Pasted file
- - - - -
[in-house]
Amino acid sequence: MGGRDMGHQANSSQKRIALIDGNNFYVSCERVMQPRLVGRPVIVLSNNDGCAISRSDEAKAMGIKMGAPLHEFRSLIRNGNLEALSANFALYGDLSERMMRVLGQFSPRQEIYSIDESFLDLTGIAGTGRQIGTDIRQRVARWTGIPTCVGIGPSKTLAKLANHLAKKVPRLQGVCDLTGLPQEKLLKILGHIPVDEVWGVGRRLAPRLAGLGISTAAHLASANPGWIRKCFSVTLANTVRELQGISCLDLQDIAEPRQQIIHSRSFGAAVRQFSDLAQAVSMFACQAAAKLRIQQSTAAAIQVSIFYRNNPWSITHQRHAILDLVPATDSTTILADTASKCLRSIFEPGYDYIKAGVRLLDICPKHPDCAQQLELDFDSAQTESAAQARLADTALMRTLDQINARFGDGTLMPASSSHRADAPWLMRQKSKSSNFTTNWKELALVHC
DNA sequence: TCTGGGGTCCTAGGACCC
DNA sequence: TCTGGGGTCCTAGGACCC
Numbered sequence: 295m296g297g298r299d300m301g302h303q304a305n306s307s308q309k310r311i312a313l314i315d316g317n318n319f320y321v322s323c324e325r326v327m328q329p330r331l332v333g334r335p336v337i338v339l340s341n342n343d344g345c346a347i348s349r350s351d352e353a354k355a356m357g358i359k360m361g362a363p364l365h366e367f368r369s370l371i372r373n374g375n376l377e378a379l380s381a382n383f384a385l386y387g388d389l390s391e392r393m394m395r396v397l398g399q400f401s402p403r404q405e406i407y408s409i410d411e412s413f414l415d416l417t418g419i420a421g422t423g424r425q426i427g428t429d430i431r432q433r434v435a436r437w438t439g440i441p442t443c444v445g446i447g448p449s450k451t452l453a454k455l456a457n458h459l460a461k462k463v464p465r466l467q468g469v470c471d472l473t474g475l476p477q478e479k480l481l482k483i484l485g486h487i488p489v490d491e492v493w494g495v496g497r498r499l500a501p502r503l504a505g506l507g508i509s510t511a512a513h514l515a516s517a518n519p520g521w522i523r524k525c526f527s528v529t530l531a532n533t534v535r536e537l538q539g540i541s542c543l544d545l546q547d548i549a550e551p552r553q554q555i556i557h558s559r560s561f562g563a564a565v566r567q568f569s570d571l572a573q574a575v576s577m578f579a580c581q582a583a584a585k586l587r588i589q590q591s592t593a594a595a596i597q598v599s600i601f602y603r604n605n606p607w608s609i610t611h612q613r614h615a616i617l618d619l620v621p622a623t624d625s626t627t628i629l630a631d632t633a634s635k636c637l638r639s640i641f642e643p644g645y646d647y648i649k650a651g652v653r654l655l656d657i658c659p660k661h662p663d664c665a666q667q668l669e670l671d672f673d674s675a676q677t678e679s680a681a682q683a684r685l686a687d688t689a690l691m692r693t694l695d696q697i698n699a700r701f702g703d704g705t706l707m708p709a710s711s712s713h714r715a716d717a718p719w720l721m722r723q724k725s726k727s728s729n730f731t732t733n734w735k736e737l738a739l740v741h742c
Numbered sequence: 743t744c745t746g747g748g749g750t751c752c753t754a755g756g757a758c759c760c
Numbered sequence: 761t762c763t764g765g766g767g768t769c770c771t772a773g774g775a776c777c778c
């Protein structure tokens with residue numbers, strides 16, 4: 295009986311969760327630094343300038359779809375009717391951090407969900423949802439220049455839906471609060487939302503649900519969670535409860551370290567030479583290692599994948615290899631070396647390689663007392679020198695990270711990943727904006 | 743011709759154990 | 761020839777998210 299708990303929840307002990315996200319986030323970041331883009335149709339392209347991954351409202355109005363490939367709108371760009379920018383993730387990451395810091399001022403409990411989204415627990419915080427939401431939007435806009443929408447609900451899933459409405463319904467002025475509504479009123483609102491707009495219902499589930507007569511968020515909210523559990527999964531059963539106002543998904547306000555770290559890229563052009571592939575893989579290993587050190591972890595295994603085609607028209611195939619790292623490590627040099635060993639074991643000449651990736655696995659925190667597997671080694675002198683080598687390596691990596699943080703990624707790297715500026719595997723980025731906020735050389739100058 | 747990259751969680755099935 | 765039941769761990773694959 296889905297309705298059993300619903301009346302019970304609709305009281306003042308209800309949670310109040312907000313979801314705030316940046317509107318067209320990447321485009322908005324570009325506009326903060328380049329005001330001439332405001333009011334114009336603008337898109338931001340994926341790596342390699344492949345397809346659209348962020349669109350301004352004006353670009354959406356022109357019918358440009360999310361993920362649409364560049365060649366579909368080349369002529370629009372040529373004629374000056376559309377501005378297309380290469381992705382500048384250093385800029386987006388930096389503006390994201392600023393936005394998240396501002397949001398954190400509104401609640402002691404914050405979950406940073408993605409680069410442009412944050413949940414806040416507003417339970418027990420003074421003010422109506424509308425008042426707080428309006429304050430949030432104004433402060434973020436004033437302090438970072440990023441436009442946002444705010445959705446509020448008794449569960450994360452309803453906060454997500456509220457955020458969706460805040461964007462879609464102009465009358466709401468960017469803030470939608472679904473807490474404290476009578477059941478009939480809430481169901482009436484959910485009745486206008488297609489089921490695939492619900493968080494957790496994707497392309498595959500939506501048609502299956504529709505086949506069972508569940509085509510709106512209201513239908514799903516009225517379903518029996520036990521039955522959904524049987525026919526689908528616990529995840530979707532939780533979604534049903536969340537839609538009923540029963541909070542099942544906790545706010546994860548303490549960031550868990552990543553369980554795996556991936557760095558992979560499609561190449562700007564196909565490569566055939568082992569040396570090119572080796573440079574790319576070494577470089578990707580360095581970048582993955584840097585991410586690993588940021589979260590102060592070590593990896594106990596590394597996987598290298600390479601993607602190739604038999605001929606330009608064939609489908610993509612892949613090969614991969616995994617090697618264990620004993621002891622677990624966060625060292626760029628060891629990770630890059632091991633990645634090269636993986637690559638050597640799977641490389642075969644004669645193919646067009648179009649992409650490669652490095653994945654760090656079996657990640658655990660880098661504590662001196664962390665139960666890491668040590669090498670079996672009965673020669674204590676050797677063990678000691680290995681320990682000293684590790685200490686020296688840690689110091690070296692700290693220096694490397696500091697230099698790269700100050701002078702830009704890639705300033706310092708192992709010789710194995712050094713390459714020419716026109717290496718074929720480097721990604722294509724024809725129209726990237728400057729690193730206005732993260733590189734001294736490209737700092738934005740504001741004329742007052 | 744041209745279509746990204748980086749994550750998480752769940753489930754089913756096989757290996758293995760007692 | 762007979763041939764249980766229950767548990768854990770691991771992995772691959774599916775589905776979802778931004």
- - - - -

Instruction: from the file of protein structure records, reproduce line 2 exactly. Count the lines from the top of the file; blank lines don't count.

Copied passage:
Amino acid sequence: MGGRDMGHQANSSQKRIALIDGNNFYVSCERVMQPRLVGRPVIVLSNNDGCAISRSDEAKAMGIKMGAPLHEFRSLIRNGNLEALSANFALYGDLSERMMRVLGQFSPRQEIYSIDESFLDLTGIAGTGRQIGTDIRQRVARWTGIPTCVGIGPSKTLAKLANHLAKKVPRLQGVCDLTGLPQEKLLKILGHIPVDEVWGVGRRLAPRLAGLGISTAAHLASANPGWIRKCFSVTLANTVRELQGISCLDLQDIAEPRQQIIHSRSFGAAVRQFSDLAQAVSMFACQAAAKLRIQQSTAAAIQVSIFYRNNPWSITHQRHAILDLVPATDSTTILADTASKCLRSIFEPGYDYIKAGVRLLDICPKHPDCAQQLELDFDSAQTESAAQARLADTALMRTLDQINARFGDGTLMPASSSHRADAPWLMRQKSKSSNFTTNWKELALVHC